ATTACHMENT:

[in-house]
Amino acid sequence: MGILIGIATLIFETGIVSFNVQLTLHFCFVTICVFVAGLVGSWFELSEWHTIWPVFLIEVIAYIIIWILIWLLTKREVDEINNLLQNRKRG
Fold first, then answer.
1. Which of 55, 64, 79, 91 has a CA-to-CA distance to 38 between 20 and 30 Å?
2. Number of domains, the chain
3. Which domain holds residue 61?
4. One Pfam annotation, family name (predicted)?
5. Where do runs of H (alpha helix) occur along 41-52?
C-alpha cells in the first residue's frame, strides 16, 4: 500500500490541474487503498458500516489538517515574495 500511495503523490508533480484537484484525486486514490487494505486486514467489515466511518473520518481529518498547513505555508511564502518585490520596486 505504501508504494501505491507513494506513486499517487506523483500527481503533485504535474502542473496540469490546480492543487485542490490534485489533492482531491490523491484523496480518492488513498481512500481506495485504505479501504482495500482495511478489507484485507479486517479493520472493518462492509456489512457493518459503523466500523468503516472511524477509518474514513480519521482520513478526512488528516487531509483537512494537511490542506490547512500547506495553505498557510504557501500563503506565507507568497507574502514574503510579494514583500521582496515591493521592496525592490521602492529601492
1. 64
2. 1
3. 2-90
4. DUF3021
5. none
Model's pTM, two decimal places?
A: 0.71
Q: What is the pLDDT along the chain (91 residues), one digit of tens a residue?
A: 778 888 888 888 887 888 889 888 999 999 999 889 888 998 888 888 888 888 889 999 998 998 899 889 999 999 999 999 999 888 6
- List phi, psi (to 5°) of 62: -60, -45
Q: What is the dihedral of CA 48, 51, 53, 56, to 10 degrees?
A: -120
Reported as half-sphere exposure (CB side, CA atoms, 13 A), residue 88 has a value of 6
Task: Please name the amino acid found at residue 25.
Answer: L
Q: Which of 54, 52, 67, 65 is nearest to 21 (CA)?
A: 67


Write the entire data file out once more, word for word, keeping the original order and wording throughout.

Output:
[in-house]
Amino acid sequence: MGILIGIATLIFETGIVSFNVQLTLHFCFVTICVFVAGLVGSWFELSEWHTIWPVFLIEVIAYIIIWILIWLLTKREVDEINNLLQNRKRG
Fold first, then answer.
1. Which of 55, 64, 79, 91 has a CA-to-CA distance to 38 between 20 and 30 Å?
2. Number of domains, the chain
3. Which domain holds residue 61?
4. One Pfam annotation, family name (predicted)?
5. Where do runs of H (alpha helix) occur along 41-52?
C-alpha cells in the first residue's frame, strides 16, 4: 500500500490541474487503498458500516489538517515574495 500511495503523490508533480484537484484525486486514490487494505486486514467489515466511518473520518481529518498547513505555508511564502518585490520596486 505504501508504494501505491507513494506513486499517487506523483500527481503533485504535474502542473496540469490546480492543487485542490490534485489533492482531491490523491484523496480518492488513498481512500481506495485504505479501504482495500482495511478489507484485507479486517479493520472493518462492509456489512457493518459503523466500523468503516472511524477509518474514513480519521482520513478526512488528516487531509483537512494537511490542506490547512500547506495553505498557510504557501500563503506565507507568497507574502514574503510579494514583500521582496515591493521592496525592490521602492529601492
1. 64
2. 1
3. 2-90
4. DUF3021
5. none
Model's pTM, two decimal places?
A: 0.71
Q: What is the pLDDT along the chain (91 residues), one digit of tens a residue?
A: 778 888 888 888 887 888 889 888 999 999 999 889 888 998 888 888 888 888 889 999 998 998 899 889 999 999 999 999 999 888 6
- List phi, psi (to 5°) of 62: -60, -45
Q: What is the dihedral of CA 48, 51, 53, 56, to 10 degrees?
A: -120
Reported as half-sphere exposure (CB side, CA atoms, 13 A), residue 88 has a value of 6
Task: Please name the amino acid found at residue 25.
Answer: L
Q: Which of 54, 52, 67, 65 is nearest to 21 (CA)?
A: 67